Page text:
When oui-aboo culture leads to a psychological condition: Paris Syndrome

sailor moon background
Source: Madman/Funimation

Japan’s—and by extension, the anime community’s—infatuation with France may be doing them more harm than good. In fact, according to the medical journal Nervure and Professor Hiroaki Ota, it’s literally led to a psychological condition: Paris Syndrome.

Paris Syndrome is a psychological condition that refers to Japanese people who visit Paris only to find it doesn’t meet their expectations. According to SBS News, it’s “an extreme case of culture shock”, and can cause “an acute delusional state, hallucinations, anxiety, dizziness, and sweating.”

Back in 2007, the Japanese Embassy in Paris reported that there were at least 12 people suffering from this each year. In 2018, it’s believed that roughly 5 million Japanese people visited France, so, assumedly, there are a lot more people experiencing this. The sheer fact that Japan has become so enamored with an idolised idea of Paris and alleged Parisian things that people are suffering from literal hallucinations is wild, but it also speaks to what I’m talking about here. Japan is a nation of oui-aboos and the over-romanticised interpretations of culturally French things in anime are partly to blame.

So, when you next watch an anime and see a maid outfit, a dashingly suave gentleman thief or something aggressively Parisian, remember that there’s a political reason behind it. From Naoko Takeuchi to Hayao Miyazaki, your favourite mangakas and anime studios are all absolute Francophiles.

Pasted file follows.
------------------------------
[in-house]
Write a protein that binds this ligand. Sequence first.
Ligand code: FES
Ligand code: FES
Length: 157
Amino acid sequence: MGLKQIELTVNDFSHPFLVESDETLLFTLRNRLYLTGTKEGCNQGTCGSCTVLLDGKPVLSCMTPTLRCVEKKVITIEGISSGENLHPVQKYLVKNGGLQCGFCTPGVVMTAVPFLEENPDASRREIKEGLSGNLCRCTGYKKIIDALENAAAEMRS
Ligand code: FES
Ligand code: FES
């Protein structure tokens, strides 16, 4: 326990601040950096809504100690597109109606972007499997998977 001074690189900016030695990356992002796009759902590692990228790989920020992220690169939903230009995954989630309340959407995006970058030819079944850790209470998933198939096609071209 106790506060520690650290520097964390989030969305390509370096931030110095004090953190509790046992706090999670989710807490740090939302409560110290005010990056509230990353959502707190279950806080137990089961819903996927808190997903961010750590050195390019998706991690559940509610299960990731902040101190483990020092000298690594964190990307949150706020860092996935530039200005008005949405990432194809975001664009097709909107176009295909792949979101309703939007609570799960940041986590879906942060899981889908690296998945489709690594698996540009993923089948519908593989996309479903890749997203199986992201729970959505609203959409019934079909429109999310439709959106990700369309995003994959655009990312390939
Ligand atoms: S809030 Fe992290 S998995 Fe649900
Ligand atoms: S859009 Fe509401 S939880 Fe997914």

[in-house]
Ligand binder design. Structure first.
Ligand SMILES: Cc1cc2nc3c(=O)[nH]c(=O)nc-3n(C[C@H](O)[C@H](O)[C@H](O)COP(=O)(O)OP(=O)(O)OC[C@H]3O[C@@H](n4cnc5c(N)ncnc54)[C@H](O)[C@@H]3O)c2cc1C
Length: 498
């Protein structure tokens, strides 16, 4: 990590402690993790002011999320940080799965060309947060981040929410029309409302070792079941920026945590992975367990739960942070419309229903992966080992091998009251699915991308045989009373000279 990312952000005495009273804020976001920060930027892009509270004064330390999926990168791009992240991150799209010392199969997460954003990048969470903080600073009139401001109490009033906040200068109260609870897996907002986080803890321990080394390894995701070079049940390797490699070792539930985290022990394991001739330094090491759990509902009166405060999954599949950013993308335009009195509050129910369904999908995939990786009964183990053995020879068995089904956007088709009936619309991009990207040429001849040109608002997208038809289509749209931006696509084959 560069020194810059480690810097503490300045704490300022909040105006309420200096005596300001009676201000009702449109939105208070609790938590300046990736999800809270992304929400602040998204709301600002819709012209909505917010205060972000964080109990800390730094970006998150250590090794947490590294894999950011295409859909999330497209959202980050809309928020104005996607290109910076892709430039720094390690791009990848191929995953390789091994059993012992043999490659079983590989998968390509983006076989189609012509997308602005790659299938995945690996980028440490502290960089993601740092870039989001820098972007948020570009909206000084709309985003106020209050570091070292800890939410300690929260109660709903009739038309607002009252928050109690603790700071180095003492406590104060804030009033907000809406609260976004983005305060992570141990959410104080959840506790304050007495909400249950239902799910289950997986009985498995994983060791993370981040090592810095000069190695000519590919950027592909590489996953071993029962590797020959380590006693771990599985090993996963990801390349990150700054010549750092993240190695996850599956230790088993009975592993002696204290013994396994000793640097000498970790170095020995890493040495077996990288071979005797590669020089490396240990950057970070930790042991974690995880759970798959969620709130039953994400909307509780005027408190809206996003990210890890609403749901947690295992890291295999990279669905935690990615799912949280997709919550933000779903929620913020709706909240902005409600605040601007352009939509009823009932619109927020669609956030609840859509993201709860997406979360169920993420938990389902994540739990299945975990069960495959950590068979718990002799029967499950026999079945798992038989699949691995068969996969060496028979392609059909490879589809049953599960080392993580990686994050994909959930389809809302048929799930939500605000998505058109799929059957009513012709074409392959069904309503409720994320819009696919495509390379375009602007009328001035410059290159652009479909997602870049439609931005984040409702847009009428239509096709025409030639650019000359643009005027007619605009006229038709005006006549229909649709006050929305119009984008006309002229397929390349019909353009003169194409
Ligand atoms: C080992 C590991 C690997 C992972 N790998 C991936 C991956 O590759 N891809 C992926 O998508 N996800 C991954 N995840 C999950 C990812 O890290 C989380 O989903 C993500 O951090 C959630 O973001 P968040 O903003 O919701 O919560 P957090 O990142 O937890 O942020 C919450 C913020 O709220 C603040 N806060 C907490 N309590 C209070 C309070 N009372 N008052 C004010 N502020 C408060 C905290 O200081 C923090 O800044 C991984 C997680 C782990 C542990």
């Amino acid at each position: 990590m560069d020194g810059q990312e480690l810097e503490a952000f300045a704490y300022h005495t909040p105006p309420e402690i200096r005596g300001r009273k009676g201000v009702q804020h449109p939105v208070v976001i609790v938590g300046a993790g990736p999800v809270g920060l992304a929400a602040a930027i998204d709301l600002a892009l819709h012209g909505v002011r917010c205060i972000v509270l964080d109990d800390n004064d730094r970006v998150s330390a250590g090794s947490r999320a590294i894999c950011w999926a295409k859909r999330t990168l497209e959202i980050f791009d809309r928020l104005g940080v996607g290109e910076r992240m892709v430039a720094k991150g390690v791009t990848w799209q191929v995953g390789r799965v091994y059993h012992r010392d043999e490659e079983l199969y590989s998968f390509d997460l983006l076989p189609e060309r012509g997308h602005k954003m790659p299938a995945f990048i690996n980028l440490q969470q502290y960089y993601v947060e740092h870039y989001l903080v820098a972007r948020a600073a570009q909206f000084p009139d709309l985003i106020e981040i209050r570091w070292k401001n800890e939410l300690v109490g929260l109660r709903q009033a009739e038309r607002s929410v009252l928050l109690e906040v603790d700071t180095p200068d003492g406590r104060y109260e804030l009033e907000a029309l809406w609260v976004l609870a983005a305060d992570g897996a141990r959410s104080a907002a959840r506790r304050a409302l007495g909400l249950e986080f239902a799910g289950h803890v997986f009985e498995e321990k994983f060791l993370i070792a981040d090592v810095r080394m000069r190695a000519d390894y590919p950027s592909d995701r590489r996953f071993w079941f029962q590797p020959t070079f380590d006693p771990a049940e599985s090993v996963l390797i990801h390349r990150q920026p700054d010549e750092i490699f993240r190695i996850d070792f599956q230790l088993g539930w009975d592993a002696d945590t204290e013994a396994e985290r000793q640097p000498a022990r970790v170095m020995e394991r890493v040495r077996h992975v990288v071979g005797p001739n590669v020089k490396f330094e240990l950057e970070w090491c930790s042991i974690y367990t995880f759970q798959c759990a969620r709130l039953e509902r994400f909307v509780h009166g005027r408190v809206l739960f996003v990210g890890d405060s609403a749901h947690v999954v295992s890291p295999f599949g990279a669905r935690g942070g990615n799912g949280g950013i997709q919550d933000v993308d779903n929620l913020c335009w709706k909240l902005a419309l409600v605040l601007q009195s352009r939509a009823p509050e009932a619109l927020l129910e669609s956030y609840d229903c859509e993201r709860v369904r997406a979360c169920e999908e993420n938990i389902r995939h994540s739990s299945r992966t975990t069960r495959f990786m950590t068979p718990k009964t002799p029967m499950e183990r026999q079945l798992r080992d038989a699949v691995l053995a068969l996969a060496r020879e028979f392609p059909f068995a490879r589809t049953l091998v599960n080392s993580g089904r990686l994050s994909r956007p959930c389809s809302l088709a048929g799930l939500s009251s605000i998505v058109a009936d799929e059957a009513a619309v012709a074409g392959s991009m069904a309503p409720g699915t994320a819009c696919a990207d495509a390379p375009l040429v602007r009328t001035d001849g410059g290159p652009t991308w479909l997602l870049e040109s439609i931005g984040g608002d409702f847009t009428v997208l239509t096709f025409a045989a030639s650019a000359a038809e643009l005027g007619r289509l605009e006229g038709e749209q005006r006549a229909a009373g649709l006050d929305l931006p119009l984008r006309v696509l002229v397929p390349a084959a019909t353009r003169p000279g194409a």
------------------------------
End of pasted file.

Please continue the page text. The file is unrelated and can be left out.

• I thought this was going to talk about the history of French-Japanese anime collaborations like Ulysses 31 and Mysterious Cities of Gold. You know, the actual anime creators that are also French.
    It’s also kind of a bit derogatory, not to mention wrong, to call them “Oui-aboos”. “Weaboo” as opposed to “weeb” is still seen as a term for people that are obsessed with Japan and it’s culture but don’t have an actual understanding of, resulting in a lot of cringe-worthy statements and general feeling of awkwardness for them. (Like “gamer” often evokes the feeling of 12 year olds screaming epithets and salacious comments about your mother while playing COD). Weeb is a more socially acceptable term that indicates that you like anime and stuff but aren’t obnoxious about it.
    That is kind of all irrelevant though when you are actually a Japanese person living in Japan. Then you’re just an otaku. (Which has its own history of usage and meaning)

    • There’s definitely scope for a more comprehensive coverage of Franco-Japanese animation connections, like the prominence of french expats compared to other white devils in the industry over in Japan, or the increasing collaboration between French and Japanese studios.

      “Like “gamer” often evokes the feeling of 12 year olds screaming epithets and salacious comments about your mother while playing COD”

      That’s the narrative Kotaku and other games journalists want to sell you, one that’s rather localised to yankeeland and the UK.